‘Machete’ lacks energy of great exploitation cinema
Danny Trejo stars in “Machete.”
** 1/2 (out of four)
2010, Robert Rodriguez, U.S., R
- New Films
The following movie starts Wednesday, Sept. 15:
“Never Let Me Go”
Director: Mark Romanek.
Stars: Keira Knightly, Carey Mulligan.
The Plot: Set in a dystopian Britain, boarding school friends
Ruth , Kathy and Tommy face the sobering reality that awaits them
all as they mature into adults.
Genre: Drama, thriller.
The following movies start Friday, Sept. 17:
Director: Will Gluck.
Stars: Emma Stonem Amanda Bynes.
The Plot: As she studies The Scarlet Letter, high schooler Olive
Penderghast notices her parallels to the novel and begins to work
the school’s rumor mill to advance her social and financial
Genre: Comedy, romance.
Director: Ben Affleck.
Stars: Ben Affleck, Rebecca Hall.
The Plot: Career thief Doug MacRay considers deepening his
relationship with Claire, a bank teller who was traumatized by a
recent heist — and who has no idea that Doug was behind the crime.
Meanwhile, an investigator, who is close to unmasking Doug’s secret
life, wrestles with his feelings for Claire.
Genre: Crime, drama.
- Film Roundup
“Centurion” opens in 117 A.D. in the midst of a long and bloody
war between Rome and the Picts, an infinitely resourceful alliance
of Celtic tribes who are using guerrilla tactics to successfully
fight off the invading Roman army. During one of their attacks on a
Roman outpost, the Picts capture a particularly spirited fighter
named Quintus Dias (Michael Fassbender, best known from “Hunger”
and “Inglourious Basterds”), who is tortured but soon escapes his
captors to rejoin the ranks. These centurions are headed by General
Titus Virilus, a ferocious fighter and commander who is ordered to
lead his men into one final, decisive battle against the Picts.
I’ve always subscribed to Roger Ebert’s philosophy that it isn’t
what a film is about that’s important, but how it is about it. To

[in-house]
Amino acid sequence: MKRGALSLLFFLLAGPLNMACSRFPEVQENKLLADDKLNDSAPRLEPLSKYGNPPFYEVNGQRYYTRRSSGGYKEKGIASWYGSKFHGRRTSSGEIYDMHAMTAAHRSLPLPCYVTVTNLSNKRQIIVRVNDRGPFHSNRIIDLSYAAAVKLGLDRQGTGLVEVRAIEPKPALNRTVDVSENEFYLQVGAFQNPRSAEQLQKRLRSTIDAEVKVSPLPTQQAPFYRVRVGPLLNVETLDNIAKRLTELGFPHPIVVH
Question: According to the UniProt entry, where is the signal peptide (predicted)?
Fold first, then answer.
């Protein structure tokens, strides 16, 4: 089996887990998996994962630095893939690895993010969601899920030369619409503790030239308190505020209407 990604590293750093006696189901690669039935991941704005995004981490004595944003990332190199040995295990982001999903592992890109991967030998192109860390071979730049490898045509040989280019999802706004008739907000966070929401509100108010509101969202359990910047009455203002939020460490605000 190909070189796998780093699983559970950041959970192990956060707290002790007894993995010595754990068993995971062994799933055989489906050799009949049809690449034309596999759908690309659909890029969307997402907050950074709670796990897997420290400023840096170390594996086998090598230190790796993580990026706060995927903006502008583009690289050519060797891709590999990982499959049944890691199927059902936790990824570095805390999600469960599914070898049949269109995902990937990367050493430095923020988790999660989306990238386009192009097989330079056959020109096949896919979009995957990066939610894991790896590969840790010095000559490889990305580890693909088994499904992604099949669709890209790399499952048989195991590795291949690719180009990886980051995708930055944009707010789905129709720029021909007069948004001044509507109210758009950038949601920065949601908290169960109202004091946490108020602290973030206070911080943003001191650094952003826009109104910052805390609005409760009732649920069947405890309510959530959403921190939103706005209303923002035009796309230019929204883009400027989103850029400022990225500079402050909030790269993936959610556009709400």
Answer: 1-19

demonstrate: “Piranha 3D” could easily have been a complete failure
— indistinguishable from the string of lifeless, torturously
boring, bargain-basement, direct-to-DVD titles that line the walls
at Blockbuster. Yet by embracing its genre history, by totally
abandoning any pretense of seriousness, and by delivering exactly
what viewers expect (and in great quantities), the film rises above
its station as a cheap exploitation picture. Instead of coming
across as sloppy or derivative, it instead functions wonderfully as
both a straight-up genre piece and a clever, self-aware satire of
the same genre constructs in which it indulges. This is pretty
heady stuff for a movie about a swarm of man-eating fish.
This is what I’m talking about when I say that modern action
movies should offer more creativity and flair — nobody expects
great dialogue or fantastic acting in a “braindead action movie,”
but for God’s sake, don’t you want engaging set-pieces and likable
characters and awesome kills and coherent action sequences and
everything else that makes an action movie enjoyable? As an
old-school throwback to ’80s action sensibilities, “The
Expendables” delivers all this in spades, and in the process
underlines everything that is wrong with Hollywood’s traditional
approach to the genre.
Posted: Saturday, September 11, 2010 12:00 am
We’re back with a look at Robert Rodriguez’s hotly anticipated
exploitation tribute “Machete.“ Next week, we will (schedule
permitting) take a break from the reviews with a more thorough
preview of what you can expect from Battle Royale, the
News-Sentinel’s new movie blog that will expand the scope of our
film discussions with some fresh perspectives from new writers and,
hopefully, more reader interaction.
After that we’re back in the fray with a review of Ben Affleck’s
sophomore directorial effort “The Town” — my most anticipated movie
of the whole year, and a fitting kickoff to the Oscar-bait-heavy
fall movie season.
Arts and Entertainment
Saturday, September 11, 2010 12:00 am.